In a presentation, an audience receives the presenter first, then the message. Therefore, you need presentation skills on how to look, sound and posture as much as you need a powerful message, and an effective hardware and software system to drive it home.
Even more, since you lack the “Undo” option when presenting, you should learn how to pass messages in real time with little mishaps.
This guide offers you communication skills to help package both you (the presenter) and the message (the presentation).
Frank Partnoy in Wait: The Art and Science of Delay:
“We must build a relationship with our audience when speaking publicly or the only knowledge we risk imparting is the colour of the walls and the ticking of the clock”.
This guide covers presentation skills in the following areas:
- grasp of facts and
- connecting with the audience
Your voice reveals your passion for the message and engages the audience. There are five (5) Ps to master when it comes to voice presentation skills:
- Project. Whether you have a microphone or not, direct your voice to the audience so that you can be heard clearly.Furthermore, take a deep breath before you begin to have enough air under your voice so that you project without sounding shaky and (or) tired.
- Pause. Silence is great – do not fear it. It attracts audience’s attention. Pause often and longer. In fact, that demonstrates confidence. Silence emphasizes and pausing after a significant point highlights it. Indeed, a few vocal pauses like ‘uh’ or ‘um’ are okay. However, many of them annoy. Practice pausing silently to sound thoughtful instead of immature. Presentation skills expert Anne Miller says: “You do not persuade anyone by speaking constantly, rapidly and louder. You persuade them by saying something poignant then pausing while they absorb and consider your words”.
- Pitch. Vary your tone to avoid monotony, which might drive the audience to sleep. Speak like you are telling a terrific story to friends. Avoid exaggerated pitches.
- Pace. Don’t speak slowly. Instead, speak slightly faster than your normal speed but never too fast. Indeed, fast speakers lose the audience. Gain common ground with your audience in regards to your speed.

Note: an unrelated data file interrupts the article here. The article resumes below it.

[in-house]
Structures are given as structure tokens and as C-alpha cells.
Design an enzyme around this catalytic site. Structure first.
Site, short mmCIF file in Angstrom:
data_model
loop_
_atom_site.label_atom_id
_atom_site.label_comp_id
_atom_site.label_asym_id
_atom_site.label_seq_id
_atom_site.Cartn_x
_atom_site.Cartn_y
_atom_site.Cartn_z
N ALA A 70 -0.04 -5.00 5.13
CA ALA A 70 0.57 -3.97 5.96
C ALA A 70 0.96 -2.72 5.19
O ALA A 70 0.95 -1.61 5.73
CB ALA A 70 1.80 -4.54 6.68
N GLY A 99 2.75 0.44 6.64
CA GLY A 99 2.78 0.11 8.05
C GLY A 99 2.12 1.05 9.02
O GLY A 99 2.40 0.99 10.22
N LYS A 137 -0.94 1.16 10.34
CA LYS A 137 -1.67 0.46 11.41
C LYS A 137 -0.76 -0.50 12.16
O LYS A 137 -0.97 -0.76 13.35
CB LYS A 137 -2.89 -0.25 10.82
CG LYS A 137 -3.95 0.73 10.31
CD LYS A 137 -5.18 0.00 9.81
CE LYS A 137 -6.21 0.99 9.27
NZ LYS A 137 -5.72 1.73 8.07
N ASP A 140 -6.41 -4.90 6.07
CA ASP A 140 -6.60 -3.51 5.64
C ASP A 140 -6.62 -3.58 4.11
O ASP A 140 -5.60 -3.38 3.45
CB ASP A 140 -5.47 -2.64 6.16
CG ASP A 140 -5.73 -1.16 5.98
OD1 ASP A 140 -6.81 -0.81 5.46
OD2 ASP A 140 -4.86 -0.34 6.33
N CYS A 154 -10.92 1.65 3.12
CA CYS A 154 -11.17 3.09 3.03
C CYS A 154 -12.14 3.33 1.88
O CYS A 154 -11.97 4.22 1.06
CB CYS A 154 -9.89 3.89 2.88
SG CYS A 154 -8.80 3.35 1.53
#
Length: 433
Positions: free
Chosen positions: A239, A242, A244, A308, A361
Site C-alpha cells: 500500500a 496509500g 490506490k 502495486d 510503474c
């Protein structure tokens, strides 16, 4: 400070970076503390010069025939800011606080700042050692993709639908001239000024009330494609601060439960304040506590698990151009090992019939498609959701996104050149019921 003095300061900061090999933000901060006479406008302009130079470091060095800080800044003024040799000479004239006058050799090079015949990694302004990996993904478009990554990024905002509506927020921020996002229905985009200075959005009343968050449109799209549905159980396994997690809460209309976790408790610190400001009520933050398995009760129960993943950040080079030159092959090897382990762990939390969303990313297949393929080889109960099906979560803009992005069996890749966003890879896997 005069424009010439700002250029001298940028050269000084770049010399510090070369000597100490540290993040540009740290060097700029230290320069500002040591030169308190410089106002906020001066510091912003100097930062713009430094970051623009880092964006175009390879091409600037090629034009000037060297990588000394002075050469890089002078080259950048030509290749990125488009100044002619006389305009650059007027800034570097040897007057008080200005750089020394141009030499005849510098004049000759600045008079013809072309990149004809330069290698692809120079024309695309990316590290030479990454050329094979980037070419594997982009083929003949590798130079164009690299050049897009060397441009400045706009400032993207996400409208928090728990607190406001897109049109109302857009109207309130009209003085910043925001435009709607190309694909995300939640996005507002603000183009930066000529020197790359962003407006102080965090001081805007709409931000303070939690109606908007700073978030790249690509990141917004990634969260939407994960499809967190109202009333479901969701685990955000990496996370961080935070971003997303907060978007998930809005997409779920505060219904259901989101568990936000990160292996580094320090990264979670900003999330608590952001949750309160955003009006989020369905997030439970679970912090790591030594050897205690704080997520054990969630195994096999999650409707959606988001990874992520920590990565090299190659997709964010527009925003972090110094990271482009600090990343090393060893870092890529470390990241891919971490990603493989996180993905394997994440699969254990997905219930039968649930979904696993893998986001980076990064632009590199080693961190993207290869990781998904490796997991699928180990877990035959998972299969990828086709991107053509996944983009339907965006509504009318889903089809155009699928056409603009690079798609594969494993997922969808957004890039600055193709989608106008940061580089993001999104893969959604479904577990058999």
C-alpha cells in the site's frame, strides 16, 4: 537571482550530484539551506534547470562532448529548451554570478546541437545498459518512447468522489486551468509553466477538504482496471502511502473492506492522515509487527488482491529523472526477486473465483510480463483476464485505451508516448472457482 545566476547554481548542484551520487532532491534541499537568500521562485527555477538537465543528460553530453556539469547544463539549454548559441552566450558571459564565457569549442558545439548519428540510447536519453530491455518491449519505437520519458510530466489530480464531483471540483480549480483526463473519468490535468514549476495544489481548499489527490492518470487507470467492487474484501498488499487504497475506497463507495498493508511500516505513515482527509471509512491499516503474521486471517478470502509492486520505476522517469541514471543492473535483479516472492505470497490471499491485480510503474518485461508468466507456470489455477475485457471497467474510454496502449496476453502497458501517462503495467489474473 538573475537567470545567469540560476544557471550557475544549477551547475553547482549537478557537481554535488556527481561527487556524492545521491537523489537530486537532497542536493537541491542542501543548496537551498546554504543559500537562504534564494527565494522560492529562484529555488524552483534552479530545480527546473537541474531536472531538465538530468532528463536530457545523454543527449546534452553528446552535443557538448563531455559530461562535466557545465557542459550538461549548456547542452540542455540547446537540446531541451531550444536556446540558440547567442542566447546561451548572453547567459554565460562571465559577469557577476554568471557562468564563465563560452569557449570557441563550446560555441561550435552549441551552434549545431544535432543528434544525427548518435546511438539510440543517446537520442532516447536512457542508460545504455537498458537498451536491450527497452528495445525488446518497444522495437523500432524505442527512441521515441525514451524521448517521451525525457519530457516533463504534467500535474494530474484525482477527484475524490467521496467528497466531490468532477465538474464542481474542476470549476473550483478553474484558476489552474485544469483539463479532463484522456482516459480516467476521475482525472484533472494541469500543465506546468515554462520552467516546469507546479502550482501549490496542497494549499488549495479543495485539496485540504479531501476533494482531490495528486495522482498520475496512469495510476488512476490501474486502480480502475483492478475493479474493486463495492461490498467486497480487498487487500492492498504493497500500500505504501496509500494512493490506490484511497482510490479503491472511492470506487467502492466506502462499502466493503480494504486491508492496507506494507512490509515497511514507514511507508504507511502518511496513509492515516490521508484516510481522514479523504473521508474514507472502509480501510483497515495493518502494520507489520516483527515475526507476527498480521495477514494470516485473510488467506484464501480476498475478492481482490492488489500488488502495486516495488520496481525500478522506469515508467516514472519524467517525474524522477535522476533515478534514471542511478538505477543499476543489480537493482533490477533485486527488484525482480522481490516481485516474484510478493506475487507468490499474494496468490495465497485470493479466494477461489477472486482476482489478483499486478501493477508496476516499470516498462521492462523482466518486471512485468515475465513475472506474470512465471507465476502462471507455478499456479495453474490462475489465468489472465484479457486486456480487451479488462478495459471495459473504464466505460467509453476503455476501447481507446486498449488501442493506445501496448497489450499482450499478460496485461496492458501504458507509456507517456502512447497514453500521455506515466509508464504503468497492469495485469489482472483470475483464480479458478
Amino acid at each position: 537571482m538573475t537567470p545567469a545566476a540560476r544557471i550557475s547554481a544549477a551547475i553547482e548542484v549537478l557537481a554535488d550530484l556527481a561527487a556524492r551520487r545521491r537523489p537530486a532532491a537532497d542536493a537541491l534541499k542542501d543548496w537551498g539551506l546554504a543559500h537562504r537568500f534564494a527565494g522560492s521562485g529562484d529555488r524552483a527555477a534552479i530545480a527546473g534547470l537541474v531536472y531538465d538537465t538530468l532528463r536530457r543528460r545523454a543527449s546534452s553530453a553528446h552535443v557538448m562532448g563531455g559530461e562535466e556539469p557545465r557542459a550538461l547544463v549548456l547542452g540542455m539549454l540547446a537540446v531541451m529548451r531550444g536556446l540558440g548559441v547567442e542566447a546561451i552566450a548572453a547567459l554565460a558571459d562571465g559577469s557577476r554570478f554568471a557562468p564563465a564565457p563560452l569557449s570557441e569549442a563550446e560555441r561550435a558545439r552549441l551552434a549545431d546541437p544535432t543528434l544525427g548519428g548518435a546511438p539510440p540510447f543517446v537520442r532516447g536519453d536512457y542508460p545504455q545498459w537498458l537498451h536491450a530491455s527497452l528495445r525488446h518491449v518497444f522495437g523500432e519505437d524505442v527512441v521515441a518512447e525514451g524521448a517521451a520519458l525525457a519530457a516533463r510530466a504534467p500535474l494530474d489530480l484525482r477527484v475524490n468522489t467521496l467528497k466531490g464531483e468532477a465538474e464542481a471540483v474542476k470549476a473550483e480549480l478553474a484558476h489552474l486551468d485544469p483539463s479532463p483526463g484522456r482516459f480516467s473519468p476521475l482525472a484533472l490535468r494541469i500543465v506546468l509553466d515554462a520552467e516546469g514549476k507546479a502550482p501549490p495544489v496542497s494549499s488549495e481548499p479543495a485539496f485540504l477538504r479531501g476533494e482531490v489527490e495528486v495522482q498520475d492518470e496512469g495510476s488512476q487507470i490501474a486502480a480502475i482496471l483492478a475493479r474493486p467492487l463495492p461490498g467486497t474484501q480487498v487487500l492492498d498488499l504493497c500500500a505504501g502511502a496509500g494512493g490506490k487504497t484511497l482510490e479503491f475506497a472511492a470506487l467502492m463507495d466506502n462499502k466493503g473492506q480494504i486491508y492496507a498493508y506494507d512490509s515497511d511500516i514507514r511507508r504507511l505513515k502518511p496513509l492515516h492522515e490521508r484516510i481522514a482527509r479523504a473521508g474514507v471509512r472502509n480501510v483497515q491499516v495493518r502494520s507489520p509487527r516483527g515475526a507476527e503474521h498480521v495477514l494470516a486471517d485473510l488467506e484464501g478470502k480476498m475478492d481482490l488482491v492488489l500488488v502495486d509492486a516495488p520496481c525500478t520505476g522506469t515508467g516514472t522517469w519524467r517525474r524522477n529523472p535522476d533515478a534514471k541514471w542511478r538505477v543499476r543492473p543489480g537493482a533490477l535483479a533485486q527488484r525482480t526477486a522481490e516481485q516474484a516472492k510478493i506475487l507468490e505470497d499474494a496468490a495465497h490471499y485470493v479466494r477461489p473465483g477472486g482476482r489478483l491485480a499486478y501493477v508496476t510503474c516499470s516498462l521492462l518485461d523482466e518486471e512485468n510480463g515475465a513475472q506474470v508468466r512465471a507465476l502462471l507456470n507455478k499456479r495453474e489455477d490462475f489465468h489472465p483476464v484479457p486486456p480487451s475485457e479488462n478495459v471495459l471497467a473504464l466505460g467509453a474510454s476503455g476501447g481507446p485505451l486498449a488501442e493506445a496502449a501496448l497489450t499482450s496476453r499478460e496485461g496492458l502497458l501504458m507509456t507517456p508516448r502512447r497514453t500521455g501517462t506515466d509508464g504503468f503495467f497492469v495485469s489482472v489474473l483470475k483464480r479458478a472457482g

- Pronounce. Say words clearly. Mumbling makes it hard for the audience to understand or follow your message.
Image – It’s Pillars
Your image on stage should invite a welcoming attitude. Achieve that through:
- Visual impact. The audience makes assumptions based on dressing and grooming. Therefore, take care of hygiene and wardrobe basics. Also, work on your posture. For instance, have your shoulders back and your chest out to show confidence.
- Common Identity. While you introduce yourself, the audience looks for similarities and differences between you and them. The more you are similar, the more they identify with you and the more your message is acceptable to them. So, escalate similarities to find a common identity. Indeed, if you can, dress like the audience.
- Warm Smile. Indeed, learning to smile is one of the presentation skills you really need. A smile transports warmth from you to the audience. As a result, the audience likes and trusts you trust. Even more, a smile tells your audience you know your topic well. Indeed, every business is about people, and people like to deal with those who convey confidence, warmth and trust.
Energy – It’s Fuel
Energy is what that transforms you from a boring presenter to a fiery one. Meanwhile, energy comes from fuel. The fuel that becomes your energy when presenting is your enthusiasm for the subject matter and the presentation itself.
You need to recognise and cultivate enthusiasm for your presentation. University of London’s Dr. Jim Anderson says:
“When you deliver energetically, you distinguish yourself as an engaging speaker. You become a compelling communicator that people enjoy, admire and remember”.
In particular, use your posture to exude energy during your presentation. For instance, move away from the lectern and walk across the podium often. Also, let your hands hang at your sides so they easily move and gesture.
Facts and Statistics – Tell a Story with them
Much as you’ve researched facts and data, aim to tell a story, that is what people will recall. Indeed, the facts and statistics should only serve as aids in telling a story. Seth Godin, an online entrepreneur, author and public speaker, advises:
“If all you want to do is create a file of facts and figures, then cancel the meeting and send in a report.”
A research from Stanford shows statistics are not memorable. Stories are. However, that doesn’t mean that statistics are useless in a presentation. In Made to Stick: Why Some Ideas Survive and Others Die, Chip and Dan Heath have Credibility as the fourth principles of the SUCCES model of making ideas stick. They explain that it is foolproof statistics that give your story credibility, which is critical.
The entire list of the principles has Simplicity, Unexpectedness, Concreteness, Credibility, Emotions and Stories, which you can use to sharpen your presentation skills. So, tell a story that tap into emotions of the audience while you make it credible with thorough research.
Connect emotionally – the tools